Break down TimberCraft Homes into its component parts — “timber” and “craft” — and what do you get?
Founding partner Jack Evans' passions.
Evans recently spent a week in Eugene, Ore., touring facilities operated by Weyerhauser, one of the world's largest manufacturers of wood- and engineered-wood products.
He came back “full of ideas” and just in time to take up his duties as chairman of the Central Oklahoma Home Builders Association's 68th annual Parade of Homes.
The parade is set to launch Oct. 19 and run through Oct. 27. New homes will be open free to the public from 1 to 7 p.m. daily. Free parade guidebooks, with photos, maps, descriptions and characteristics of the homes, will be available starting at noon Friday at metro-area Arvest Bank and Best Buy locations while supplies last.
Evans toured two of Weyerhauser's production facilities, one that had only recently shifted to electricity from steam, which had powered the plant for decades.
The second, Evans said, was fully automated, requiring only a few humans to aid the computers and robotic devices that transform tree trunks 6 feet in diameter into stacks of 2-by-4 and 2-by-6 lumber.
Timber management is “one of the original ‘green' industries,” Evans said, noting that Weyerhauser's sustainable planting practices were developed to ensure that hundreds of thousands of acres of healthy forest will be available for harvest yearly.
Evans said he also witnessed “zero-waste” practice, seeing tree by-products turned into mulch and pulp.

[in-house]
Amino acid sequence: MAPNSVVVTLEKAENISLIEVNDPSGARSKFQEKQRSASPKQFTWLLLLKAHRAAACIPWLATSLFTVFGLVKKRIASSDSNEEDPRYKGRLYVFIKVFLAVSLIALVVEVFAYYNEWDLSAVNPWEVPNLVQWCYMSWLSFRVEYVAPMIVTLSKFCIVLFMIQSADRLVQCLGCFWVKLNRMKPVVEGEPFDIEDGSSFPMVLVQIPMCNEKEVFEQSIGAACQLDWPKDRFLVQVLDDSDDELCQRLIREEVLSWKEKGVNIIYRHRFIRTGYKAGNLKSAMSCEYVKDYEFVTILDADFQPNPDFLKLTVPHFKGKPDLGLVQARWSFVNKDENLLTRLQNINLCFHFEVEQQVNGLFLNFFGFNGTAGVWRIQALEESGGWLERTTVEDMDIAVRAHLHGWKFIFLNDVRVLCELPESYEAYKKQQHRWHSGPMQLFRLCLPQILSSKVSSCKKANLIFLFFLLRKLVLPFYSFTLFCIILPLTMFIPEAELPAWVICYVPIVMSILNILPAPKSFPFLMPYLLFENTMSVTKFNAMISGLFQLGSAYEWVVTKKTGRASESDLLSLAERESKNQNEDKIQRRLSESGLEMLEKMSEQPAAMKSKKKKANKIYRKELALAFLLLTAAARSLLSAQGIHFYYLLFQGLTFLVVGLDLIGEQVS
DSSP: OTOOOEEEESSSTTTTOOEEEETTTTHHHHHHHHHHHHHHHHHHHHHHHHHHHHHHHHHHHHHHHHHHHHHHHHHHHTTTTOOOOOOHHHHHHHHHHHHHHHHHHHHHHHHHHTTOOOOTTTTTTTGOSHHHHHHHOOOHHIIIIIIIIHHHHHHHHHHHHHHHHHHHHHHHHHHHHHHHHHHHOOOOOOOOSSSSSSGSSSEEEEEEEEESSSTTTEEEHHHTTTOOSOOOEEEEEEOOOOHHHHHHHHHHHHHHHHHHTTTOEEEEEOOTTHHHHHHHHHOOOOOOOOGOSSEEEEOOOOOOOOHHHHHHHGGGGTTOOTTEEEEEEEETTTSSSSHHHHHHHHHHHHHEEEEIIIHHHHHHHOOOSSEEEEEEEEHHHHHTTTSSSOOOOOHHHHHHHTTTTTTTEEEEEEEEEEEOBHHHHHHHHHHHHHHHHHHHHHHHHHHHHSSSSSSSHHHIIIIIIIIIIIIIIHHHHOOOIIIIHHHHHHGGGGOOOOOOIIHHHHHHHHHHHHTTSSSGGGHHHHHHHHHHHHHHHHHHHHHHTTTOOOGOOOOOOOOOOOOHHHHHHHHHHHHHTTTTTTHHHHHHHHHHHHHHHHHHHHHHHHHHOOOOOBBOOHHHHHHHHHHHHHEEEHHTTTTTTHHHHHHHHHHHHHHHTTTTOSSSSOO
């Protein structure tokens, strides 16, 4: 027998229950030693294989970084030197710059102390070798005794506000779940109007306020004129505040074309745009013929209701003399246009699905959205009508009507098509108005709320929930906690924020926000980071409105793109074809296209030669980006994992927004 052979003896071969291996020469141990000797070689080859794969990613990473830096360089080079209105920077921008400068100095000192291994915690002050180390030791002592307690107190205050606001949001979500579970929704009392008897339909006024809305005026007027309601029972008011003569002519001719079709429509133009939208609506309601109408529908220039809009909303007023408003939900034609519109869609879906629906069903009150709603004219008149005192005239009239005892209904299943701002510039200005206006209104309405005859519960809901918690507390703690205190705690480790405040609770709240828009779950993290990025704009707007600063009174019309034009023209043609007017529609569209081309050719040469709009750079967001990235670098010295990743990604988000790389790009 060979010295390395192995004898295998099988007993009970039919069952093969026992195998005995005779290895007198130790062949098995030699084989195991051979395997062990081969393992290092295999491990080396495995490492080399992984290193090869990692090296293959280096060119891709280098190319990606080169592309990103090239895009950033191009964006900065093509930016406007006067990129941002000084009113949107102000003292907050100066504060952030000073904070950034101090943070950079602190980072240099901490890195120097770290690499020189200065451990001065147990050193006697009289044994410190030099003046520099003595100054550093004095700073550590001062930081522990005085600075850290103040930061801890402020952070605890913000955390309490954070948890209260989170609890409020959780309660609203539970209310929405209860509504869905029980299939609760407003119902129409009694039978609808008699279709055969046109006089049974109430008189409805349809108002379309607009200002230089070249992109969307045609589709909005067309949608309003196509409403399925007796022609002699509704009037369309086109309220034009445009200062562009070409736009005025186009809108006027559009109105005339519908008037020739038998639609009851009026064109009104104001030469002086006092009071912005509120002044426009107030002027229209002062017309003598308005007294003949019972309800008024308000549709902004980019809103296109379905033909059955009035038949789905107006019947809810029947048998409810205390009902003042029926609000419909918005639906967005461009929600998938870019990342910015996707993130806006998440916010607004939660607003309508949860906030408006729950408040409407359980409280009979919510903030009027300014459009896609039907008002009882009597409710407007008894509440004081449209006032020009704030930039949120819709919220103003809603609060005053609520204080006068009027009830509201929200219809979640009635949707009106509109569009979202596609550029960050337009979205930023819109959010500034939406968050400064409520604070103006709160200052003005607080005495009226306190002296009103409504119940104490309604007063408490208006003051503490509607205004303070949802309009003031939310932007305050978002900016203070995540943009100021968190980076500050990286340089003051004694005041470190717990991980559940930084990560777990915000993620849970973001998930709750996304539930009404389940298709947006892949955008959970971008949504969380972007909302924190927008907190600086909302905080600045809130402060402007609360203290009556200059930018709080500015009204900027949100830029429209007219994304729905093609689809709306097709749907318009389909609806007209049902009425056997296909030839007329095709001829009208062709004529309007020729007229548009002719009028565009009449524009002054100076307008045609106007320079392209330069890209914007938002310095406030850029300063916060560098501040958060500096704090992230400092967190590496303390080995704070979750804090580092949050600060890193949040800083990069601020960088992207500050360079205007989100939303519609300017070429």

Evans toured a vast Oregon forest — a half-million acres around Eugene — where genetically-engineered trees soar overhead, destined one day to become the materials he and other builders rely on.
Evans said it was interesting to note that in the Pacific Northwest, wooden and log homes are “so much more prevalent” compared to Oklahoma, “where we use what we've got” — more rock and brick.
Still, Evans said, TimberCraft's vision is not to take “what we've got” too far, but to break from the traditional whenever he can.
“We have learned that many young buyers don't want to live in their parents' houses,” he said. “They're tired of the traditional, ‘Dallas-style' house.”
Many are interested in the contemporary lines and novel layout ideas that excite Evans.
Many of the products that enable his design ideas to become a reality are the building materials Evans watched being manufactured in Oregon.
Evans said TimberCraft sources “superstrong” engineered beams, for example, from Weyerhauser.
At 8400 NW 141 Circle in the Pleasant Grove addition, he pointed out a 17-foot span supported by just such a beam, allowing his modern kitchen to open up fully and seamlessly into the living room.
Without the technology that makes that beam possible, “We'd need a couple of posts to hold up this span,” Evans said.
The 2,115-square-foot model house, its canary-yellow siding a bright invitation to come inside and explore, is one of two models TimberCraft is featuring in the Parade of Homes. The second is a 2,500-quare-foot model in Griffin Park.
TimberCraft's Pleasant Grove model, the “Willow Creek” floor plan, incorporates two areas of flex space at the hub of the home, room allotted for use as either formal dining room, study or an eating area.
In the model, a custom banquette lines the eating nook, while the study becomes a serene oasis behind sliding “barn-door”-style room dividers.
The home includes three bedrooms: a light and roomy master suite and two slightly smaller but ample bedrooms sharing a full bathroom.
Upstairs, the bonus room becomes the nexus of movie night, a project room or even a fourth bedroom.
The transition from outside world to home is brilliantly imagined — a utility area, pantry and refrigerator all within steps of where the garage door leads into the house.
Amanda Orrell, director of design at TimberCraft, said the house's yellow exterior expresses the warmth, coziness and contemporary touches that await inside.
“It shouts, ‘Honey I'm home!'” she said.
Evans said builders of the more than 100 parade homes are expecting a strong turnout, citing recent increases in the number of construction permits issued in the metro area.
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